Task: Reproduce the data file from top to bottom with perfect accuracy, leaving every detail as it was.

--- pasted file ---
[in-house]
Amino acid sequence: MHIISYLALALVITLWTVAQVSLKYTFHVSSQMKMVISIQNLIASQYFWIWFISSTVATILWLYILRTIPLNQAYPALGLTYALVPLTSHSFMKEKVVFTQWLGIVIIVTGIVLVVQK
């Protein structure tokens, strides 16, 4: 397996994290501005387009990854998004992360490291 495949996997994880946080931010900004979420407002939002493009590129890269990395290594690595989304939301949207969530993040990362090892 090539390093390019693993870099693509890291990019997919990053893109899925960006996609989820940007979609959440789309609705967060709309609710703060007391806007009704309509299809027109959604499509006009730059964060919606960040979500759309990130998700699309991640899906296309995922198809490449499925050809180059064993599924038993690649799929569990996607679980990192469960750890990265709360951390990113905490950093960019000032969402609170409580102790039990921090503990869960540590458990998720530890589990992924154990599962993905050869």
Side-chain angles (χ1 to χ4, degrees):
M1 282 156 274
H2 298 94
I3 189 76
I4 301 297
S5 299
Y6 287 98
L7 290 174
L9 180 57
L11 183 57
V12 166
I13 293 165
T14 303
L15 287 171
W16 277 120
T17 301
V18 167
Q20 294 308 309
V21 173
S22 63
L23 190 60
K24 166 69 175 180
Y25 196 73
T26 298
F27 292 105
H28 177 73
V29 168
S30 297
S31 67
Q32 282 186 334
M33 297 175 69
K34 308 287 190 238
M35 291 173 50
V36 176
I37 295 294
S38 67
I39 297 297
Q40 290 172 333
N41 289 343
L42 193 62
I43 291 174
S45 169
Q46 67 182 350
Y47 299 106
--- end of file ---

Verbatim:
[in-house]
Amino acid sequence: MHIISYLALALVITLWTVAQVSLKYTFHVSSQMKMVISIQNLIASQYFWIWFISSTVATILWLYILRTIPLNQAYPALGLTYALVPLTSHSFMKEKVVFTQWLGIVIIVTGIVLVVQK
């Protein structure tokens, strides 16, 4: 397996994290501005387009990854998004992360490291 495949996997994880946080931010900004979420407002939002493009590129890269990395290594690595989304939301949207969530993040990362090892 090539390093390019693993870099693509890291990019997919990053893109899925960006996609989820940007979609959440789309609705967060709309609710703060007391806007009704309509299809027109959604499509006009730059964060919606960040979500759309990130998700699309991640899906296309995922198809490449499925050809180059064993599924038993690649799929569990996607679980990192469960750890990265709360951390990113905490950093960019000032969402609170409580102790039990921090503990869960540590458990998720530890589990992924154990599962993905050869």
Side-chain angles (χ1 to χ4, degrees):
M1 282 156 274
H2 298 94
I3 189 76
I4 301 297
S5 299
Y6 287 98
L7 290 174
L9 180 57
L11 183 57
V12 166
I13 293 165
T14 303
L15 287 171
W16 277 120
T17 301
V18 167
Q20 294 308 309
V21 173
S22 63
L23 190 60
K24 166 69 175 180
Y25 196 73
T26 298
F27 292 105
H28 177 73
V29 168
S30 297
S31 67
Q32 282 186 334
M33 297 175 69
K34 308 287 190 238
M35 291 173 50
V36 176
I37 295 294
S38 67
I39 297 297
Q40 290 172 333
N41 289 343
L42 193 62
I43 291 174
S45 169
Q46 67 182 350
Y47 299 106